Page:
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Mosquitoes vs. Plankton:
Can Native Zooplankton Control Mosquitoes?

This pilot project aims to determine whether native freshwater copepods in Talbot and Dorchester Counties can feed on the mosquito larvae that breed in ponds and containers. Our research seeks to answer three questions:

  1. What mosquitoes are found in Talbot and Dorchester counties?
  2. What species of native copepods eat larval mosquitoes?
  3. Can we these native copepods effectively control mosquitoes?

We will focus on container breeding mosquitos that are found in places where standing water exists and for which we have already developed methods for their capture.

Background:

Mosquitos are abundant on the Eastern Shore during warmer weather. Local governments and property owners exert great time, effort, and funding resources to control their populations. The State of Maryland currently monitors for the occurrence of a variety of mosquito borne diseases, including Zika Virus, eastern equine encephalitis virus, West Nile virus, and St. Louis encephalitis and others occurring in mosquitoes, wild birds, domestic animals and humans. Thus, mosquito control is an issue that affects the quality of life for everyone on the Eastern Shore, particularly for those who enjoy the outdoors, and also plays a key role in public health. Current control efforts are largely focused on spraying larvicides that kill mosquito eggs and larvae, with some other programs aimed at targeting adults in certain places. These sprays are often not specific to mosquitos, and thus can adversely affect many other members of the ecosystem. Additionally, invasive species of mosquito compete with native species, and often can affect the transmission of disease and pollination in ways that may also upset the ecosystem 

In some places, more ecologically safe and conservation-oriented control agents are employed, in which fish and birds eat larval and adult stages of the mosquito.  The efficacy of these strategies is still under scrutiny, but two other states have been working on using crustacean zooplankton called copepods because some copepod species are known to eat larval mosquitos. Copepods are a diverse group of animals that are found in nearly all bodies of water, from the deep ocean to high alpine lakes, and they may be the most abundant group of animals on earth.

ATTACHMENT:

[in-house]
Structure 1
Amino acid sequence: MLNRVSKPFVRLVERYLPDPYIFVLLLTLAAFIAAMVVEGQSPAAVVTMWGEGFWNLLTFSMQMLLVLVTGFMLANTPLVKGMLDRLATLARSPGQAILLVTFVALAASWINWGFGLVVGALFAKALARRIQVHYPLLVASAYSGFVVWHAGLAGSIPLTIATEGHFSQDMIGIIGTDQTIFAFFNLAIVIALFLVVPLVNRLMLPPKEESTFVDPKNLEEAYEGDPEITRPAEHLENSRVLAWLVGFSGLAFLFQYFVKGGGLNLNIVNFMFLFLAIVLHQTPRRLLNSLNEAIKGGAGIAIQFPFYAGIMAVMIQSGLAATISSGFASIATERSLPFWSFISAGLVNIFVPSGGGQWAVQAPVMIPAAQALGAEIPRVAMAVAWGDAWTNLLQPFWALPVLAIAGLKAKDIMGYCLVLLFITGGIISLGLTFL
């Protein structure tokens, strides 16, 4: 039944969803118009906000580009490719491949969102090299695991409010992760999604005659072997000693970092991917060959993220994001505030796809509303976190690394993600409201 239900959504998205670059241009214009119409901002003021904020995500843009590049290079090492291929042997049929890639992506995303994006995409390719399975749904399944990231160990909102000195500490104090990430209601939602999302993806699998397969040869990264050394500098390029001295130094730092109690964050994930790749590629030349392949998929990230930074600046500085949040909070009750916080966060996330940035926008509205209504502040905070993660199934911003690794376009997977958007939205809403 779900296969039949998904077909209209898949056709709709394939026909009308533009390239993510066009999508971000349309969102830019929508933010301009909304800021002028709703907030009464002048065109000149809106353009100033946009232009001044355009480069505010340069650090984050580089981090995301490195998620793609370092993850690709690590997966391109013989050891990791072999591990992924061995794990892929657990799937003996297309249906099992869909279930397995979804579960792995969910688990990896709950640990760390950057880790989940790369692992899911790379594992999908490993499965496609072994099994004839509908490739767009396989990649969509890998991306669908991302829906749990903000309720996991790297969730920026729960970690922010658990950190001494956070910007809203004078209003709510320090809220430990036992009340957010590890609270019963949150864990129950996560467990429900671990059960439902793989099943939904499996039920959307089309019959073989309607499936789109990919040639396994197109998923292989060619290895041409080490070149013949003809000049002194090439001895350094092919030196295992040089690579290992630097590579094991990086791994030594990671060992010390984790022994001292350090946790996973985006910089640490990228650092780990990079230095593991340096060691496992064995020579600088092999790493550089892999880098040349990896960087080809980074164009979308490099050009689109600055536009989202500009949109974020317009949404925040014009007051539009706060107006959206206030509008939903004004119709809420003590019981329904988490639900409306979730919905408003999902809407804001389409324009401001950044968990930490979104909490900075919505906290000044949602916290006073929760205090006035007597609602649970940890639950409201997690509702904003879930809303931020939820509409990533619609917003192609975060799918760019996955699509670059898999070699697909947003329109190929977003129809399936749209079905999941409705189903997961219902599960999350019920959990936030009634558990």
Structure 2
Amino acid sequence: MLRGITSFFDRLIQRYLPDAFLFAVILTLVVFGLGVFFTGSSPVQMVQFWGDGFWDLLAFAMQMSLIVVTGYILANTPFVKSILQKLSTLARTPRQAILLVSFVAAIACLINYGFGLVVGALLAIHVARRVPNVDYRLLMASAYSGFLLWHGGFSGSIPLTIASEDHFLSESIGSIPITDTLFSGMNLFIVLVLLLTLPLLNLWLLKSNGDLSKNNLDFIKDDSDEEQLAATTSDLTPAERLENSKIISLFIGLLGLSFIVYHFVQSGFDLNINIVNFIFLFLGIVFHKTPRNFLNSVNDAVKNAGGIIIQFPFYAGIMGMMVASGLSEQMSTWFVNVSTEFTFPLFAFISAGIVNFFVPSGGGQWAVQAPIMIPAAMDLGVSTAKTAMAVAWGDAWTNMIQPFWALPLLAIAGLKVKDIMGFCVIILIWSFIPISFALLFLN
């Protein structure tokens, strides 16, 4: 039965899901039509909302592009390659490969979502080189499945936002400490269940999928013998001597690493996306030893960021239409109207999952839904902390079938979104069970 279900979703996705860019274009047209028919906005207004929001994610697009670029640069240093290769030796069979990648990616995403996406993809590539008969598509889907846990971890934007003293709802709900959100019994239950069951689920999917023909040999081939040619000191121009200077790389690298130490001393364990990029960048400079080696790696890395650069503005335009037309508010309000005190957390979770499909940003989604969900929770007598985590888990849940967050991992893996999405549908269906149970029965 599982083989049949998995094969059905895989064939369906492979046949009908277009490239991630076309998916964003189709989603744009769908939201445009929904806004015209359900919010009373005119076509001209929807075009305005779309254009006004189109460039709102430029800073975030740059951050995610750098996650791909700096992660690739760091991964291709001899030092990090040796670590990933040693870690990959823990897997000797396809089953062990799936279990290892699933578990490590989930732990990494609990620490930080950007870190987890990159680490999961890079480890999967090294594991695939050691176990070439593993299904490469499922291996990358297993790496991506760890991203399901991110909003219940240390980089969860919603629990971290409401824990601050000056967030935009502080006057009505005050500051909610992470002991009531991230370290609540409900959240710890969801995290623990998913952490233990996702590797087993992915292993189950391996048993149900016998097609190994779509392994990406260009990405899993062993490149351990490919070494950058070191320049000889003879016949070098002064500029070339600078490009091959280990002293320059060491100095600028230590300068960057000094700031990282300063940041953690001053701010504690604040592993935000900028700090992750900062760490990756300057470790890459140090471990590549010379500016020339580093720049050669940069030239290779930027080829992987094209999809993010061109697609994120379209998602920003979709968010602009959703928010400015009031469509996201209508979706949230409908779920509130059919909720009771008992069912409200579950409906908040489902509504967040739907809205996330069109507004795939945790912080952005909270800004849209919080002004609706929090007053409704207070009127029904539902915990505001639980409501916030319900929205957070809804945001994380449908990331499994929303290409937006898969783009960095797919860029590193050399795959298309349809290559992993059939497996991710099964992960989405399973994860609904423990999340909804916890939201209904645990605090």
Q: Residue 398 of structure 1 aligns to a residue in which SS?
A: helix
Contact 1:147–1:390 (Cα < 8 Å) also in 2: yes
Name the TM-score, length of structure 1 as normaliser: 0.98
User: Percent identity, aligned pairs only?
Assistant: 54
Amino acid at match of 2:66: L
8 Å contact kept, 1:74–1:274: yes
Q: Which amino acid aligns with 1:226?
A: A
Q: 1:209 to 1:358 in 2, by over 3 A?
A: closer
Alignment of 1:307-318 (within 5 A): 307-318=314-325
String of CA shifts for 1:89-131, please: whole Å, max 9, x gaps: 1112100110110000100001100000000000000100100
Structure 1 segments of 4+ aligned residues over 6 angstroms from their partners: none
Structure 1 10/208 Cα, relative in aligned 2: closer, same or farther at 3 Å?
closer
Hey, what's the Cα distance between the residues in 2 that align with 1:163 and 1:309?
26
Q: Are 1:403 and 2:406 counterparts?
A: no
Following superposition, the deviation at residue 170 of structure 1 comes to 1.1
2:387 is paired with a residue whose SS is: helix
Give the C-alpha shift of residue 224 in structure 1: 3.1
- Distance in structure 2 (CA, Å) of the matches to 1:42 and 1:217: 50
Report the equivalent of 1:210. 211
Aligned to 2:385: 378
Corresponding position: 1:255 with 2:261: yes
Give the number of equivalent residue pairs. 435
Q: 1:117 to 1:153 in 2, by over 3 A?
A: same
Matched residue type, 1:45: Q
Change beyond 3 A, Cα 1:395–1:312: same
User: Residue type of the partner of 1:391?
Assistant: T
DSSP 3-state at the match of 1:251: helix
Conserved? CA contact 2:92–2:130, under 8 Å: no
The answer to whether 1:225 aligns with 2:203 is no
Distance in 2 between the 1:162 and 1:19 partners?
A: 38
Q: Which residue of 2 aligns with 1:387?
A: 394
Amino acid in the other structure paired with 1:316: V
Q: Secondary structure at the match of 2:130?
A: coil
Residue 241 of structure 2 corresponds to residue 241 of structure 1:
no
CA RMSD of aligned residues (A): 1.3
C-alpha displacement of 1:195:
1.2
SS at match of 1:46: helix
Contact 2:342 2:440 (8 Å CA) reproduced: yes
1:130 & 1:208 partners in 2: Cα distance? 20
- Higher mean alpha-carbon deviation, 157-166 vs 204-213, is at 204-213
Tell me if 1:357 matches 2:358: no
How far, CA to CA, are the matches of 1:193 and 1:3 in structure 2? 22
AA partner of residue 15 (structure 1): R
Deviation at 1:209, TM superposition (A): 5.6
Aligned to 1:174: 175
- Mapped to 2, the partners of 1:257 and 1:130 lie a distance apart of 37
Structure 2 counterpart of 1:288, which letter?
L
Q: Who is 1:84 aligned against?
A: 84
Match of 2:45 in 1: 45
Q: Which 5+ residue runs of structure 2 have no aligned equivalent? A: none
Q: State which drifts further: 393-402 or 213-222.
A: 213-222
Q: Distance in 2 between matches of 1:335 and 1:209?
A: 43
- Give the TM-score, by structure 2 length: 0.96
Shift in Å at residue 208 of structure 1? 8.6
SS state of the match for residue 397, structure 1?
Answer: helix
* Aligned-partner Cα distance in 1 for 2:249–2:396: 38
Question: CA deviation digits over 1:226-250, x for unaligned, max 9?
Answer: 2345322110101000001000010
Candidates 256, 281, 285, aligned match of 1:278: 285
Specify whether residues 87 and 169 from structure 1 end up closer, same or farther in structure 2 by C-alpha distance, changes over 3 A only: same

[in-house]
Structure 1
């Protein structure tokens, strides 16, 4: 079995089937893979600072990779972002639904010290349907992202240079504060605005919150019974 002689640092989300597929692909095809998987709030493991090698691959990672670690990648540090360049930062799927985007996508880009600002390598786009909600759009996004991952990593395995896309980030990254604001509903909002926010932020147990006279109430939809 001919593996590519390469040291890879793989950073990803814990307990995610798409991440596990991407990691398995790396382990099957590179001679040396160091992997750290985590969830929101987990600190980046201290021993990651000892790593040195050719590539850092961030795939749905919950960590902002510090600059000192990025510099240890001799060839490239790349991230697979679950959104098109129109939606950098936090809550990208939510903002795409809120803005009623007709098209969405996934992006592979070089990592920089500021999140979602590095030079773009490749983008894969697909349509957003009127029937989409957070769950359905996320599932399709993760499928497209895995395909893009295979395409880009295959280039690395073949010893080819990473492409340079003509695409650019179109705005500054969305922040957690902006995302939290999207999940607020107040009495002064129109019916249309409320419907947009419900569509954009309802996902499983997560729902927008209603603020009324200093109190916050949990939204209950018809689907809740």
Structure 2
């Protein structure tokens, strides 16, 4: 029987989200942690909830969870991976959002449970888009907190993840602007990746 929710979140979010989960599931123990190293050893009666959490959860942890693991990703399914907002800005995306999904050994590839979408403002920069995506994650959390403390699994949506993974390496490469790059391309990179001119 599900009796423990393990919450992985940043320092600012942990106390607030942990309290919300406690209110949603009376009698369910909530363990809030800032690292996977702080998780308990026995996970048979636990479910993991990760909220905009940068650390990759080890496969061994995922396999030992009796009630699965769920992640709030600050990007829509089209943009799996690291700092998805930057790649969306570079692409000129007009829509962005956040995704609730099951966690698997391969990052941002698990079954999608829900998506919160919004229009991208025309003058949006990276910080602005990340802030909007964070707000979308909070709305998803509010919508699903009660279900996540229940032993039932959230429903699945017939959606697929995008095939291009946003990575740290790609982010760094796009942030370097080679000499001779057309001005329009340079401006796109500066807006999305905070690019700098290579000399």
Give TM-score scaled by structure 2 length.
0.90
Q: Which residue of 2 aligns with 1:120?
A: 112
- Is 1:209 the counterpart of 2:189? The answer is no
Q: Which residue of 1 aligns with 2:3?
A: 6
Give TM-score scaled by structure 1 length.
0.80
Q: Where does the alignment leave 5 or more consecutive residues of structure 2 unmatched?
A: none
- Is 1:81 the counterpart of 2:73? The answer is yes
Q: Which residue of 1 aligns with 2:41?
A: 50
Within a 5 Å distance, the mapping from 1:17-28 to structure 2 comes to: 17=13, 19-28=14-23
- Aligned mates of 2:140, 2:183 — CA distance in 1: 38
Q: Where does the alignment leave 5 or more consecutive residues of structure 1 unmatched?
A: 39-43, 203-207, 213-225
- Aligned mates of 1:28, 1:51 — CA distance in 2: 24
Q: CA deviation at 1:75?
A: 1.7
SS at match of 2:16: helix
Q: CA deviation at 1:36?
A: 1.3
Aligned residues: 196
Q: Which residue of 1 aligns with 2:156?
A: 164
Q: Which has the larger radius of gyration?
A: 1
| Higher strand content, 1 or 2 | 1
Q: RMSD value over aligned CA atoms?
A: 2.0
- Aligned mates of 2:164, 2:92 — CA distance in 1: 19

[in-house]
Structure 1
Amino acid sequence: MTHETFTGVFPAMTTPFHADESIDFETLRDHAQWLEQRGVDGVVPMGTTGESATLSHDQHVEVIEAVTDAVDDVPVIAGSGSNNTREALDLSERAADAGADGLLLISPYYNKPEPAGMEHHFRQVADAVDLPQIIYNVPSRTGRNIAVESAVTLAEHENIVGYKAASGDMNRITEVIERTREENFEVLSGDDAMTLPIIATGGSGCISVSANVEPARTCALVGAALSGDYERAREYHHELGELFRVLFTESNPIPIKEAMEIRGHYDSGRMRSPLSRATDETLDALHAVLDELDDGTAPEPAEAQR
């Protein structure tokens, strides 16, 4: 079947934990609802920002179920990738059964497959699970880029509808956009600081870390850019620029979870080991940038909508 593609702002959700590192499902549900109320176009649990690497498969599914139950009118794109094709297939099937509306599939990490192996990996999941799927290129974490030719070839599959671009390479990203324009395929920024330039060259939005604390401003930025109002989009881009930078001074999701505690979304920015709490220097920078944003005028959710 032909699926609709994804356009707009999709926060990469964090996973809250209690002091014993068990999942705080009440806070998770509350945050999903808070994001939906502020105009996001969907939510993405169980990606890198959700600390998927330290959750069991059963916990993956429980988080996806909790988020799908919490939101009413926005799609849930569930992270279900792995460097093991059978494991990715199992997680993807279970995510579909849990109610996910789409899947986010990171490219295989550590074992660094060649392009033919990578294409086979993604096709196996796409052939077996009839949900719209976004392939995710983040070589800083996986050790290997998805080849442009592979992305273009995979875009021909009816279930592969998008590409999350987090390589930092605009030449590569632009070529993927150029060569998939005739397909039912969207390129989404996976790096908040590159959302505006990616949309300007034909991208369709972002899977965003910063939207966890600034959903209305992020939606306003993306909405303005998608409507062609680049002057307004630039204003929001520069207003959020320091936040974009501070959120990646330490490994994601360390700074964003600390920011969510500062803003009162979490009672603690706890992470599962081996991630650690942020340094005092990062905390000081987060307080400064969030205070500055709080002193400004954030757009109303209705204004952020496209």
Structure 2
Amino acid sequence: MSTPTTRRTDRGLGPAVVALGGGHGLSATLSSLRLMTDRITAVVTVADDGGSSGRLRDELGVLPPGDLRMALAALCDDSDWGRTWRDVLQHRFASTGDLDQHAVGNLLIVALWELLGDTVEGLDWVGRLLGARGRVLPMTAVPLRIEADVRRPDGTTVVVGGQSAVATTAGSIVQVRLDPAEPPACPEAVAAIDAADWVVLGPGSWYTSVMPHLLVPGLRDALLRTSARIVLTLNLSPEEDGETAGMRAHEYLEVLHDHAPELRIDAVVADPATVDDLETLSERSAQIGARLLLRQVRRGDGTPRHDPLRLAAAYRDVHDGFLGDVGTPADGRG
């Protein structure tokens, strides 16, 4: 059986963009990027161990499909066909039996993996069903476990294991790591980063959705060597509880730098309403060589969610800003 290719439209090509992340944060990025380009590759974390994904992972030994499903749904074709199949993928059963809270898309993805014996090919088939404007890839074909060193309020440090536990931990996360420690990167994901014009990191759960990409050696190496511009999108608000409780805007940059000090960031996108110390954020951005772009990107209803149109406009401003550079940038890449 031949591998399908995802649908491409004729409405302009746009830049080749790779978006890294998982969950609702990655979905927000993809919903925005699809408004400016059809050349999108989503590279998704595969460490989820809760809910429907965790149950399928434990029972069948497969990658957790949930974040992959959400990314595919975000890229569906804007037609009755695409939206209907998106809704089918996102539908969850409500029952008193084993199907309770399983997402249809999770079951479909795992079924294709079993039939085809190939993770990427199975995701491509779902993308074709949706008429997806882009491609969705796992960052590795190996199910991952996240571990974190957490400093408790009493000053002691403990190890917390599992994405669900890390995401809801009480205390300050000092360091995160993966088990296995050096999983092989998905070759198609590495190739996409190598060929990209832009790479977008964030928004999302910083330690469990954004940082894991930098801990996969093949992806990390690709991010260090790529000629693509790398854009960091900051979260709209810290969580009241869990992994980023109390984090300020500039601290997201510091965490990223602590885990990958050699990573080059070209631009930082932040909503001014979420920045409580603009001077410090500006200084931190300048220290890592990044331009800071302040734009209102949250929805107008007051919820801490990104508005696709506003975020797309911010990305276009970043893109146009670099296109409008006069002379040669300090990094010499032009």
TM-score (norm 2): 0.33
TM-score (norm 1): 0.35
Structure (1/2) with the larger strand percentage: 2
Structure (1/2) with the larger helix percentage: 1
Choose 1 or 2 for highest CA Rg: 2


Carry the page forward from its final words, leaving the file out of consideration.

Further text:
The images below are of a male and female Acanthocyclops robustus, a species of freshwater copepod that was isolated from ponds in Talbot County, MD, and that we now have in culture at HPL. Preliminary experiments showed that these copepods will eat mosquito larvae, but that they are somewhat picky eaters, prefering some species of larve over others. Stay tuned for more in this space!

Acanthocyclops robustus female Acanthocyclops robustus male
Acanthocyclops robustus female (left) and male (right). Photo credit: Catherine Fitzgerald. Click on image for full size.

Support for the pilot project provided by the Waterfowl Chesapeake Communities in Conservation funding program.

James J. Pierson, Ph.D.
Associate Professor



2020 Horns Point Rd.
Cambridge, MD 21613

410.221.8218
jpierson@umces.edu

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